1. Go for Readability
When it comes to readability, typefaces should be easy to scan at a distance and provide a clear distinction between letterforms. Fonts should be large enough and contain enough space between lines so that letters don’t look cramped or tight, but not so much that users have to think about what the words say.
A highly readable typeface also has a clear distinction between upper- and lowercase letters, such that the x-height (height of lowercase letters) is shorter than its uppercase counterparts.
One of the best ways to think about readability is the I/l/1 test. Put an uppercase “I,” lowercase “l” and the number “1” side-by-side-by-side. Can you discern the different characters?
Fonts to try: Roboto (sans serif), Georgia (serif) or Lobster (decorative)
2. Look for Uniform Stroke Widths
Alternating thick and thin strokes in the same letters might look more interesting but can be a little tougher on the eyes. (Save those for headlines or headers.)
Fonts to try: Ubuntu (sans serif), Merriweather (serif) or Komika Axis (decorative)
3. Don’t Go Too Thin (or Thick)
Thin letterforms, for example, only really work with dark type on a light background and can look a little strange from the backlighting of a computer or phone screen.
Extra wide or thick letterforms can weigh down a design and force the copy to include a lot of line breaks, disrupting reader flow.
Opt for something in the middle. You’ll know these typefaces because they will often contain a cue such as “regular” or “medium” in the name. You’ll most likely want to avoid “ultra-condensed,” “ultra light” and “black” options.
Fonts to try: Lato (sans serif), Alike (serif) or Berkshire Swash (decorative)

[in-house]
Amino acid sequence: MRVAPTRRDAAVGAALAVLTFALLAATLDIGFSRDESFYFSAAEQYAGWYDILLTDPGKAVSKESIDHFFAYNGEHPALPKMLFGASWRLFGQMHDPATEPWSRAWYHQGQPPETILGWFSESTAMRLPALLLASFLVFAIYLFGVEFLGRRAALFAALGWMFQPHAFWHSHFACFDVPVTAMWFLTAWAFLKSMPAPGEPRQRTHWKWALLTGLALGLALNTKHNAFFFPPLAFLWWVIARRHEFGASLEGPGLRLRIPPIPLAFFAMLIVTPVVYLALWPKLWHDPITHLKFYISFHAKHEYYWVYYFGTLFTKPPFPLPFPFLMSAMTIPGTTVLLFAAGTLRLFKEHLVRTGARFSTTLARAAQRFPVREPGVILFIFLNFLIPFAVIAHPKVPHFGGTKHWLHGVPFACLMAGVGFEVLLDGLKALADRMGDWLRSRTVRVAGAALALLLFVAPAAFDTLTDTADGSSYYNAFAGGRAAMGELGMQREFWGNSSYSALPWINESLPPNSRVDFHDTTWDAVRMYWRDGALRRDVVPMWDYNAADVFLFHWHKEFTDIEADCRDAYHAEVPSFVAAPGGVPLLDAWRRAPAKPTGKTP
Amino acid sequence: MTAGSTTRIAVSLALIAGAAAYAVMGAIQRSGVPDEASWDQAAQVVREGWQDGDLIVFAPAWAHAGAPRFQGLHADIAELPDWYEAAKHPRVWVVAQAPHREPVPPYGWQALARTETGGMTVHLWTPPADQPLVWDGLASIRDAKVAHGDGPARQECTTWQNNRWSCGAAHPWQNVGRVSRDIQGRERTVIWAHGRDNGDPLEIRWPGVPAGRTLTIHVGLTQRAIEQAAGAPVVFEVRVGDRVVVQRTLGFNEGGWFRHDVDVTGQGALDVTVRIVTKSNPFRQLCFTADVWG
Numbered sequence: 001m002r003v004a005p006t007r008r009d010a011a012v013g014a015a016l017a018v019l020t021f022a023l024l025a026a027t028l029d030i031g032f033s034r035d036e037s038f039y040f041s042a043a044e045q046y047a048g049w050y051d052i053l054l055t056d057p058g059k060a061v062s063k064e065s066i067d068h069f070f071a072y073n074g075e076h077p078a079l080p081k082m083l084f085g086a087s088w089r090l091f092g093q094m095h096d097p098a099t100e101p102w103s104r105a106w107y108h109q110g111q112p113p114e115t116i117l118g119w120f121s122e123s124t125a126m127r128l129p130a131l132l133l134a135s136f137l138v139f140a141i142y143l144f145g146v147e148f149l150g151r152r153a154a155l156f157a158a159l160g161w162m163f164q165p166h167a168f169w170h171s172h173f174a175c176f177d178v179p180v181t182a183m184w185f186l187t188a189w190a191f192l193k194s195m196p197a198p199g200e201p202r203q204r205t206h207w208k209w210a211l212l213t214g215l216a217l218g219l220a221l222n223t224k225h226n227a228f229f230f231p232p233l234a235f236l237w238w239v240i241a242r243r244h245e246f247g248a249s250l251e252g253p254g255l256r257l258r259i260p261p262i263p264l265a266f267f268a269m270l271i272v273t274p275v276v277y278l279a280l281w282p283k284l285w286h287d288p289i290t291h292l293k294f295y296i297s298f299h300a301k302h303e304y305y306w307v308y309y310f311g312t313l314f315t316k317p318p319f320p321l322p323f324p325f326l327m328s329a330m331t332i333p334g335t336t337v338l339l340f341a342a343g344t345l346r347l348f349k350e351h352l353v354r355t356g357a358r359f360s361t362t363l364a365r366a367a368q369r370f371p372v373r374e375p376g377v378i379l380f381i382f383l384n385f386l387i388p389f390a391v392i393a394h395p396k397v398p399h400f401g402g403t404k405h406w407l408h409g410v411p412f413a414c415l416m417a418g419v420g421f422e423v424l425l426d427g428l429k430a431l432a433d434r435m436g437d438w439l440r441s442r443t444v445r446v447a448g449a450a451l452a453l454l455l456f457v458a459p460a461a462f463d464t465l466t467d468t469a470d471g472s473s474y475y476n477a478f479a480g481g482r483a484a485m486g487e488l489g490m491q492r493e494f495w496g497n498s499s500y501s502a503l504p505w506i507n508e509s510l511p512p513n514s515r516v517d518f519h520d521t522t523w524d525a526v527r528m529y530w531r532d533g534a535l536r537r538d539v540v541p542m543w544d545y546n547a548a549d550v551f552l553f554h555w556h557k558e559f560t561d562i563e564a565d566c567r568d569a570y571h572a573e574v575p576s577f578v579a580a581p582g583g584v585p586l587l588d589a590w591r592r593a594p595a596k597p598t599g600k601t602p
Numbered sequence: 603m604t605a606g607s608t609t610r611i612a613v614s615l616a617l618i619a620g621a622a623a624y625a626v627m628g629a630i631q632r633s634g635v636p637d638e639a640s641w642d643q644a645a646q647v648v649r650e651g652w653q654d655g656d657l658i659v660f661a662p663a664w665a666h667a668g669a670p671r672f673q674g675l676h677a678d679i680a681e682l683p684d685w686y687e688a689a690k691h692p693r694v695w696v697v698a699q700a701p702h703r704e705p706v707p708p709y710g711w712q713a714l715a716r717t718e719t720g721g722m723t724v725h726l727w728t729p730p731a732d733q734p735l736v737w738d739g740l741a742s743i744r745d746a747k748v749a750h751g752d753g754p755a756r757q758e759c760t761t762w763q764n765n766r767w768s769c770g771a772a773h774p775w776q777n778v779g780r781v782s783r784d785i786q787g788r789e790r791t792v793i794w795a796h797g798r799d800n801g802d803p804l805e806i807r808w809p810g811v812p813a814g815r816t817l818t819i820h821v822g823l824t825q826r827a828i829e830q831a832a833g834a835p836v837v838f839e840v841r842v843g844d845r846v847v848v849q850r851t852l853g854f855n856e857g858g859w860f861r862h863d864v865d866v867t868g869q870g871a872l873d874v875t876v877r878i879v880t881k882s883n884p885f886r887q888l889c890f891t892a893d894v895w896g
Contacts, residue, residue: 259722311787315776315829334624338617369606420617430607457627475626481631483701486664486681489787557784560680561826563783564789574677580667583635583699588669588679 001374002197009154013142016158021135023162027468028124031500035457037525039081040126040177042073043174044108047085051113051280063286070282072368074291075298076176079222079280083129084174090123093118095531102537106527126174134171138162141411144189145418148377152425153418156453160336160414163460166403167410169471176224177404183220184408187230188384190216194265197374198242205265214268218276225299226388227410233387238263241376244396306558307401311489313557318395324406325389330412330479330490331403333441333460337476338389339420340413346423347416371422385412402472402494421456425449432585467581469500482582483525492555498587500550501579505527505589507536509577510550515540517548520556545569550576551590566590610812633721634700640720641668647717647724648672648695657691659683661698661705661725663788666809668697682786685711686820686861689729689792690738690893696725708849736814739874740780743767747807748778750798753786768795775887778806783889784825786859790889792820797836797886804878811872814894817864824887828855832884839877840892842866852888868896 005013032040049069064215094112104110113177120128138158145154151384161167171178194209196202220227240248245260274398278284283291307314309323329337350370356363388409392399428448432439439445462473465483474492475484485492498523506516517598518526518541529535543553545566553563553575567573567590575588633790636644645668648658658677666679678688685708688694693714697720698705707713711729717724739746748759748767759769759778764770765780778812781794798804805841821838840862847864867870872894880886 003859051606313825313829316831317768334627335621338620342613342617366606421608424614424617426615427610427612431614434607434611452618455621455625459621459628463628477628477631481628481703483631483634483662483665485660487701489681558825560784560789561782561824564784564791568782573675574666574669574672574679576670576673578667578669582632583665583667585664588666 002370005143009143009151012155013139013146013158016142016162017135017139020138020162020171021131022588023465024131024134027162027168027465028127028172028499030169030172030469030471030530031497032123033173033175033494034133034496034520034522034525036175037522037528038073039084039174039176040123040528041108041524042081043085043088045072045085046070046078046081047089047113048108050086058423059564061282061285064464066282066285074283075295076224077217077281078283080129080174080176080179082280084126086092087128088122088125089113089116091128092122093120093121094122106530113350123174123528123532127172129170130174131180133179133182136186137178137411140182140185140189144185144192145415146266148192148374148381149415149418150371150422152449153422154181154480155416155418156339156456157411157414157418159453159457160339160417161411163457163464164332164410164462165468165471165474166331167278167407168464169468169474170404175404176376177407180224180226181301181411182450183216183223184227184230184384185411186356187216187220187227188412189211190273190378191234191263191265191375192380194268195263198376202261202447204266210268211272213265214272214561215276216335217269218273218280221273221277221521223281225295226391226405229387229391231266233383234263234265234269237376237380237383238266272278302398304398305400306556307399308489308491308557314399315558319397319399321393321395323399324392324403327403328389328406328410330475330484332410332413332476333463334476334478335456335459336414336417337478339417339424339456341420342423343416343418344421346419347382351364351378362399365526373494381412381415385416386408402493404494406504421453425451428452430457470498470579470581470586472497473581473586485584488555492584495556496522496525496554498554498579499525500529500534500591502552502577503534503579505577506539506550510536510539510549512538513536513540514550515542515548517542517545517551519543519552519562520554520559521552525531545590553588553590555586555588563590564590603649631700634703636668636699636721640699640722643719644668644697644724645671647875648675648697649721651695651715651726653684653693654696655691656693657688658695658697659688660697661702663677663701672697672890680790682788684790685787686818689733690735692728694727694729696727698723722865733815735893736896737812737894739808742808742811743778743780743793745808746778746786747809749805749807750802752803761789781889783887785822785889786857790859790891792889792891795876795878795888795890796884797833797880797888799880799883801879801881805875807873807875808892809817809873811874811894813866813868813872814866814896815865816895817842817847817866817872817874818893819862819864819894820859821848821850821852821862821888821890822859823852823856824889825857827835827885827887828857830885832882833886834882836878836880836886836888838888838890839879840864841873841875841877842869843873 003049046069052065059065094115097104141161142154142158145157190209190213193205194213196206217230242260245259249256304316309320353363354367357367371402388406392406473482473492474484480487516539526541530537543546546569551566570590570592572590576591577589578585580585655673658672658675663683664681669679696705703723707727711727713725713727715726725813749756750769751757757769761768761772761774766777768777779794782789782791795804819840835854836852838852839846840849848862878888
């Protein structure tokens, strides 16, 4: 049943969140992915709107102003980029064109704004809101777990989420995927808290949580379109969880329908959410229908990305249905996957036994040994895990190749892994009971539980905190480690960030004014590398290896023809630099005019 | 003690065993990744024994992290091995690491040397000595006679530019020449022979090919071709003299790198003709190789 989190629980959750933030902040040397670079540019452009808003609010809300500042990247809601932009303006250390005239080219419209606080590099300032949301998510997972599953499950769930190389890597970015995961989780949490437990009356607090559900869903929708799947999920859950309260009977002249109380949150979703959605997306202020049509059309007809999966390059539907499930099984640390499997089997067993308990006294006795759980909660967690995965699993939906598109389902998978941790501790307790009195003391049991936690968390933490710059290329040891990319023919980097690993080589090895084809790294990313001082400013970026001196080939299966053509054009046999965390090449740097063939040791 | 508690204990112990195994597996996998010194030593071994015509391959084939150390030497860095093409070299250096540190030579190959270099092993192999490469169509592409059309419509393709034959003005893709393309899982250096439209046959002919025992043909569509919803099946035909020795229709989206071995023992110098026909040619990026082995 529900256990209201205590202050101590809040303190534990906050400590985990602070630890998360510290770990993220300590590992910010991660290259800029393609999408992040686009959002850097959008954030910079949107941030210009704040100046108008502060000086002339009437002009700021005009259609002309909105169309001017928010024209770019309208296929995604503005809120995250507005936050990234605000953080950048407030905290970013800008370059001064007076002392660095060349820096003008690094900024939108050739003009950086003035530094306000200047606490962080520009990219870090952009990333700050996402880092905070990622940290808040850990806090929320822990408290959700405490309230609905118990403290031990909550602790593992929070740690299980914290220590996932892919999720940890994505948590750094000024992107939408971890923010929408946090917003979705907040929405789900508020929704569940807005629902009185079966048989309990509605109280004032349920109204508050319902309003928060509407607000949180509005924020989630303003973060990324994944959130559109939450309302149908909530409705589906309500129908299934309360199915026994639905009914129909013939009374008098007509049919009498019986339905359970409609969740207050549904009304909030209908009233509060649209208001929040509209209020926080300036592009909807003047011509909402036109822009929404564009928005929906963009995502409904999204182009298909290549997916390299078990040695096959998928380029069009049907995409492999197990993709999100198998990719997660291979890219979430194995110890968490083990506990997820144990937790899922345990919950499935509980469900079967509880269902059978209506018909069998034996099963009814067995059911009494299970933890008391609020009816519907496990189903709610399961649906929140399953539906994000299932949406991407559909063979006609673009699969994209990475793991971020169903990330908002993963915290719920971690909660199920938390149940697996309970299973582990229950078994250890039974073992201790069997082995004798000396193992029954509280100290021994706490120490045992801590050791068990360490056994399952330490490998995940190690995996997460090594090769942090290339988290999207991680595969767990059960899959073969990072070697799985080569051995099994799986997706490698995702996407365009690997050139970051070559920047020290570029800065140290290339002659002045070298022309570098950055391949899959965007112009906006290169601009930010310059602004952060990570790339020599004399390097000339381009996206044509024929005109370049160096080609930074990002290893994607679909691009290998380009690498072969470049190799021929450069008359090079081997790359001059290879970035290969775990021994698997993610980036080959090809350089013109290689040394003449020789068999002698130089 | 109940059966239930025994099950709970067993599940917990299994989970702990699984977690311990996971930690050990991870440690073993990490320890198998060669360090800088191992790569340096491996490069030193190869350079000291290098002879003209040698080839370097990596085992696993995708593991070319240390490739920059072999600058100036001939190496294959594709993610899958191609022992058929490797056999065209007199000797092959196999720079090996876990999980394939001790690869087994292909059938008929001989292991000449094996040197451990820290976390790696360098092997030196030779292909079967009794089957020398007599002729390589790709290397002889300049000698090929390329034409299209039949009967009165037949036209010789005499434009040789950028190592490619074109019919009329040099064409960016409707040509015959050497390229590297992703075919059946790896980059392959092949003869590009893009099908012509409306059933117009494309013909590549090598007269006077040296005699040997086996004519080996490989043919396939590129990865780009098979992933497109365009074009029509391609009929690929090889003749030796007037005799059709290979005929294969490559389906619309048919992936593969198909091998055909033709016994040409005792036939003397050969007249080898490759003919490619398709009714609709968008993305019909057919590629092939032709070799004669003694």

4. Pick One Bold and One Light Option
Fonts to try: Raleway (light sans serif), Alfa Slab One (bold serif) or UglaQua (decorative)
5. Use a Sans Serif and Something Else
However, the downside is a sans serif in itself can be a little boring. Pair it with a display or novelty option that fits your brand style a little more. (It will look interesting when paired with a funkier option or stand out more when paired with a heavy typeface.)
There’s no rule that you have to use all sans serifs or serifs; you really should branch out and try to pair typefaces of different styles. The trick to making sure they match is to look for letterforms with a similar shape. Use a lowercase “o” as a starting point. What does the inside of the letter look like? Is it perfectly round or more oval? Straight up and down or with a slant? Pair typefaces of different styles, but that have a similar “o” shape for the best results.
Fonts to try: Seaside Resort (decorative) and PT Sans (sans serif) or Patua One (serif) and Molengo (sans serif)
When it doubt, take a look through the theme gallery to see which fonts are paired—these templates are made so that all the elements match. Get some inspiration and jump-start your typography project today.